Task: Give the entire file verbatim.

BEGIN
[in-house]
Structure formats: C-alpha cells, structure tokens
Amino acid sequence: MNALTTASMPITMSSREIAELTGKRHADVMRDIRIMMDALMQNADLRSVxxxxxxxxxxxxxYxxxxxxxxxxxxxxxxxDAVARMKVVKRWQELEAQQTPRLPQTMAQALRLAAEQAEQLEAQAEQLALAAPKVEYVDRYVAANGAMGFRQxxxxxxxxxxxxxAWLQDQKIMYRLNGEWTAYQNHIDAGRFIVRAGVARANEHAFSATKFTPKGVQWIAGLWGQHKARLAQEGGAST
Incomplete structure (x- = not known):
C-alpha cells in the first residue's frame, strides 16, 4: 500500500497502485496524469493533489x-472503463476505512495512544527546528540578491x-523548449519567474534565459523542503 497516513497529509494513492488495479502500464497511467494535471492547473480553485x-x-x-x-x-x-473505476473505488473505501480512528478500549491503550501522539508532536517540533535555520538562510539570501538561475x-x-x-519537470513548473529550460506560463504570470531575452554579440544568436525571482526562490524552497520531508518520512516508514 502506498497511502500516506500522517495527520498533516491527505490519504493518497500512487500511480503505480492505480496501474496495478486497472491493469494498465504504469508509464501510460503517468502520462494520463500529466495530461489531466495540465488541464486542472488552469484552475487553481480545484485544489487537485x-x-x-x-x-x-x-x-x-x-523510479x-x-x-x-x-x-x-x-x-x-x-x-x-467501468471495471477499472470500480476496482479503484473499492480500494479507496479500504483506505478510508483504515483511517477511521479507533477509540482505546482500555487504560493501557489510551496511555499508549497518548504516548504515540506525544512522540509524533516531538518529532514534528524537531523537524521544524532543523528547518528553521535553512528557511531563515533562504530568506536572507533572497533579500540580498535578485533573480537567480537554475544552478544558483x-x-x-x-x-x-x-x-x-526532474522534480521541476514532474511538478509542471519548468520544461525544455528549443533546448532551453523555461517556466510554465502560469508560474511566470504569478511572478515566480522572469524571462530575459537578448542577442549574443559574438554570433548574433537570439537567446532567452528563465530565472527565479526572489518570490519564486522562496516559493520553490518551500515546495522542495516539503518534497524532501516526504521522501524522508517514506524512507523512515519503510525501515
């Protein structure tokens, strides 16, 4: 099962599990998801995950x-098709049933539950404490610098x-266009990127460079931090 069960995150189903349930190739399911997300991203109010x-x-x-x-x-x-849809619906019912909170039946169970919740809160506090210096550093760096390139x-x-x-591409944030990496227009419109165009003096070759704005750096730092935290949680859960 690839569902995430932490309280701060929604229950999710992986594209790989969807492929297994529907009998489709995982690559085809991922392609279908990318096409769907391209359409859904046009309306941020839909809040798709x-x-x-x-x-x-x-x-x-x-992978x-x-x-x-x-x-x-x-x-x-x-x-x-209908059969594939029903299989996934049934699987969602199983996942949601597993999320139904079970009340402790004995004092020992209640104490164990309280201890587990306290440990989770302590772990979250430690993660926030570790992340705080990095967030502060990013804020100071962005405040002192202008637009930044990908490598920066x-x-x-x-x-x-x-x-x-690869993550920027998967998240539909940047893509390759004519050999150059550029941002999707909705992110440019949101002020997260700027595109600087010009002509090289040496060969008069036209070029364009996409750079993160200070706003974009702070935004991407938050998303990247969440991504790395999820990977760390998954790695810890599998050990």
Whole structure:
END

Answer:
[in-house]
Structure formats: C-alpha cells, structure tokens
Amino acid sequence: MNALTTASMPITMSSREIAELTGKRHADVMRDIRIMMDALMQNADLRSVxxxxxxxxxxxxxYxxxxxxxxxxxxxxxxxDAVARMKVVKRWQELEAQQTPRLPQTMAQALRLAAEQAEQLEAQAEQLALAAPKVEYVDRYVAANGAMGFRQxxxxxxxxxxxxxAWLQDQKIMYRLNGEWTAYQNHIDAGRFIVRAGVARANEHAFSATKFTPKGVQWIAGLWGQHKARLAQEGGAST
Incomplete structure (x- = not known):
C-alpha cells in the first residue's frame, strides 16, 4: 500500500497502485496524469493533489x-472503463476505512495512544527546528540578491x-523548449519567474534565459523542503 497516513497529509494513492488495479502500464497511467494535471492547473480553485x-x-x-x-x-x-473505476473505488473505501480512528478500549491503550501522539508532536517540533535555520538562510539570501538561475x-x-x-519537470513548473529550460506560463504570470531575452554579440544568436525571482526562490524552497520531508518520512516508514 502506498497511502500516506500522517495527520498533516491527505490519504493518497500512487500511480503505480492505480496501474496495478486497472491493469494498465504504469508509464501510460503517468502520462494520463500529466495530461489531466495540465488541464486542472488552469484552475487553481480545484485544489487537485x-x-x-x-x-x-x-x-x-x-523510479x-x-x-x-x-x-x-x-x-x-x-x-x-467501468471495471477499472470500480476496482479503484473499492480500494479507496479500504483506505478510508483504515483511517477511521479507533477509540482505546482500555487504560493501557489510551496511555499508549497518548504516548504515540506525544512522540509524533516531538518529532514534528524537531523537524521544524532543523528547518528553521535553512528557511531563515533562504530568506536572507533572497533579500540580498535578485533573480537567480537554475544552478544558483x-x-x-x-x-x-x-x-x-526532474522534480521541476514532474511538478509542471519548468520544461525544455528549443533546448532551453523555461517556466510554465502560469508560474511566470504569478511572478515566480522572469524571462530575459537578448542577442549574443559574438554570433548574433537570439537567446532567452528563465530565472527565479526572489518570490519564486522562496516559493520553490518551500515546495522542495516539503518534497524532501516526504521522501524522508517514506524512507523512515519503510525501515
């Protein structure tokens, strides 16, 4: 099962599990998801995950x-098709049933539950404490610098x-266009990127460079931090 069960995150189903349930190739399911997300991203109010x-x-x-x-x-x-849809619906019912909170039946169970919740809160506090210096550093760096390139x-x-x-591409944030990496227009419109165009003096070759704005750096730092935290949680859960 690839569902995430932490309280701060929604229950999710992986594209790989969807492929297994529907009998489709995982690559085809991922392609279908990318096409769907391209359409859904046009309306941020839909809040798709x-x-x-x-x-x-x-x-x-x-992978x-x-x-x-x-x-x-x-x-x-x-x-x-209908059969594939029903299989996934049934699987969602199983996942949601597993999320139904079970009340402790004995004092020992209640104490164990309280201890587990306290440990989770302590772990979250430690993660926030570790992340705080990095967030502060990013804020100071962005405040002192202008637009930044990908490598920066x-x-x-x-x-x-x-x-x-690869993550920027998967998240539909940047893509390759004519050999150059550029941002999707909705992110440019949101002020997260700027595109600087010009002509090289040496060969008069036209070029364009996409750079993160200070706003974009702070935004991407938050998303990247969440991504790395999820990977760390998954790695810890599998050990």
Whole structure: